Reasonable adjustments

Cancer and its side effects can impact how you work. Find out about reasonable adjustments that can be made for your job or at your workplace.

What are reasonable adjustments?

If you are in paid employment and have or have ever had cancer, your employer should consider making reasonable adjustments to support you. These are changes to the workplace or your job that allow you to keep working or return to work.

Both the Equality Act and the Disability Discrimination Act say that if your employer is aware of your disability, they must try to make reasonable adjustments.

Your employer must make reasonable adjustments when the workplace or work practices put you at a ‘substantial disadvantage’ because you have cancer. This is compared with colleagues who do not have cancer.

The disadvantage has to be ‘more than minor or trivial’. If they refuse to make any changes, this may be disability discrimination.

You do not have to tell your employer you have cancer. But they do not have to make a reasonable adjustment unless they know or should reasonably know that you have cancer.

For example, if you are behaving differently because of cancer and your employer does not know you have cancer, it is reasonable for your employer to check whether your behaviour is connected to a disability. They can then ask how they might be able to support you.

There is no fixed description of what a reasonable adjustment should be. It will depend on:

  • how much the adjustment will help you
  • how practical it is to make the adjustment
  • the cost of making the adjustment
  • how the adjustment will affect your employer
  • the size of the company or organisation you work for, and the resources it has.

Asking for reasonable adjustments at work

Your employer should talk with you about possible adjustments. You should be involved in every stage. It is best for both you and your employer to work together.

The type of reasonable adjustment always depends on the situation. It is important that you discuss any reasonable adjustments with your employer. You should agree on them before they are put in place.

Reasonable adjustments in the workplace

Reasonable adjustments at work could include:

  • a phased return to work
  • different working hours, such as working part time or having a flexible start or finish time
  • giving you time off to go to medical appointments or for rehabilitation
  • changing your job description to remove tasks that are particularly difficult for you
  • allowing you to do light duties for a time
  • moving you to a job with more suitable duties
  • changing performance targets to allow for any sick leave and side effects, such as tiredness (fatigue).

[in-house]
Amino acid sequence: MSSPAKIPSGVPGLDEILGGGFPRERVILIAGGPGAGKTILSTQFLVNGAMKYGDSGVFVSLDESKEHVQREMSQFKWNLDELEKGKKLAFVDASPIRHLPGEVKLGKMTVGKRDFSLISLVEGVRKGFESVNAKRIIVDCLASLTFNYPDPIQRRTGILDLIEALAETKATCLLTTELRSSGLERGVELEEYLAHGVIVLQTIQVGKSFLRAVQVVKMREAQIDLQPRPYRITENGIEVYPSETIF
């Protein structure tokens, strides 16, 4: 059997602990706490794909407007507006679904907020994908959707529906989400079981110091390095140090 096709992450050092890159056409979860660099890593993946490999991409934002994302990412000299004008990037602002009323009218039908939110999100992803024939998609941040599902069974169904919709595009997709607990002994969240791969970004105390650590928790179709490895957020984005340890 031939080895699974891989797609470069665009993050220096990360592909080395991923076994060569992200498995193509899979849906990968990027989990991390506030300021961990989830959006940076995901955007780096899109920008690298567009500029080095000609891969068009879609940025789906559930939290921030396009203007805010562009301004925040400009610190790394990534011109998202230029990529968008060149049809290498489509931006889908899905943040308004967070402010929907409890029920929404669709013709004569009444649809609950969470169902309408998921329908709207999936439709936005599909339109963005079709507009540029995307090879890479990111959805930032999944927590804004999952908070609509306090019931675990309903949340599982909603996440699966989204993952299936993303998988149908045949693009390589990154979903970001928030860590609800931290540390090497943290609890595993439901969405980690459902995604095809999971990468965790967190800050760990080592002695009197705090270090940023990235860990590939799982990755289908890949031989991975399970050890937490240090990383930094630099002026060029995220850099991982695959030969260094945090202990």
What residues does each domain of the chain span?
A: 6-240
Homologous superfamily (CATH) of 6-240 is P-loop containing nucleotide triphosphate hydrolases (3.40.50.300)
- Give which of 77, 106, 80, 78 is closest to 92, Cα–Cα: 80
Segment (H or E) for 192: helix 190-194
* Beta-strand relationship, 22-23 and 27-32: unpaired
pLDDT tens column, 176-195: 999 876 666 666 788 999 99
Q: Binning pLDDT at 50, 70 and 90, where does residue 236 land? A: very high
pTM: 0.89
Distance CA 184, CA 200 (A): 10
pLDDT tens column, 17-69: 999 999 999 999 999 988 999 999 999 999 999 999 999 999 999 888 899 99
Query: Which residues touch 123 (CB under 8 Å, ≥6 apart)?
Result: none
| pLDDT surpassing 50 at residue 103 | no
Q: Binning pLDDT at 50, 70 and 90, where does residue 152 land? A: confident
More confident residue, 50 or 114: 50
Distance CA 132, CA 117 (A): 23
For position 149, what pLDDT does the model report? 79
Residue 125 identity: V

There may also be practical adjustments your employer can make. These could include:

  • extra breaks to help you cope with tiredness
  • physical aids, such as those that help you lift
  • a quiet place to rest, if you need to
  • a parking space near your work
  • changing where you work – for example, moving your workspace so you can access it easily
  • making sure you can get to the toilet easily
  • installing apps or software to make things easier – for example, if you have difficulty writing, a voice recognition app may be helpful.

We have more information about  coping at work during treatment.

Phased return to work

This is an example of a reasonable adjustment. It is a plan with your employer to slowly increase your hours and return to your usual working pattern over a period of time. This means that you can slowly increase the amount of work you do.

You may need more regular breaks. Talk to your employer to see what adjustments they can put in place. Try to not do too much too soon, especially if your job involves manual work.

Recovery may not always be straightforward. You may have some setbacks or need more support than you thought. Try to stay flexible and talk to your employer if you need more support.

About our information

  • Reviewers

    This information has been written, revised and edited by Macmillan Cancer Support’s Cancer Information Development team. It has been approved by Michelle Rouse Griffiths, Professional Development and Knowledge Lead, Macmillan Cancer Support.

    Our cancer information has been awarded the PIF TICK. Created by the Patient Information Forum, this quality mark shows we meet PIF’s 10 criteria for trustworthy health information.

The language we use

We want everyone affected by cancer to feel our information is written for them.

We want our information to be as clear as possible. To do this, we try to:

  • use plain English
  • explain medical words
  • use short sentences
  • use illustrations to explain text
  • structure the information clearly
  • make sure important points are clear.

We use gender-inclusive language and talk to our readers as ‘you’ so that everyone feels included. Where clinically necessary we use the terms ‘men’ and ‘women’ or ‘male’ and ‘female’. For example, we do so when talking about parts of the body or mentioning statistics or research about who is affected.

You can read more about how we produce our information here.

Date reviewed

Reviewed: 01 September 2023
Next review: 01 September 2026
Trusted Information Creator - Patient Information Forum
Trusted Information Creator - Patient Information Forum

Our cancer information meets the PIF TICK quality mark.

This means it is easy to use, up-to-date and based on the latest evidence. Learn more about how we produce our information.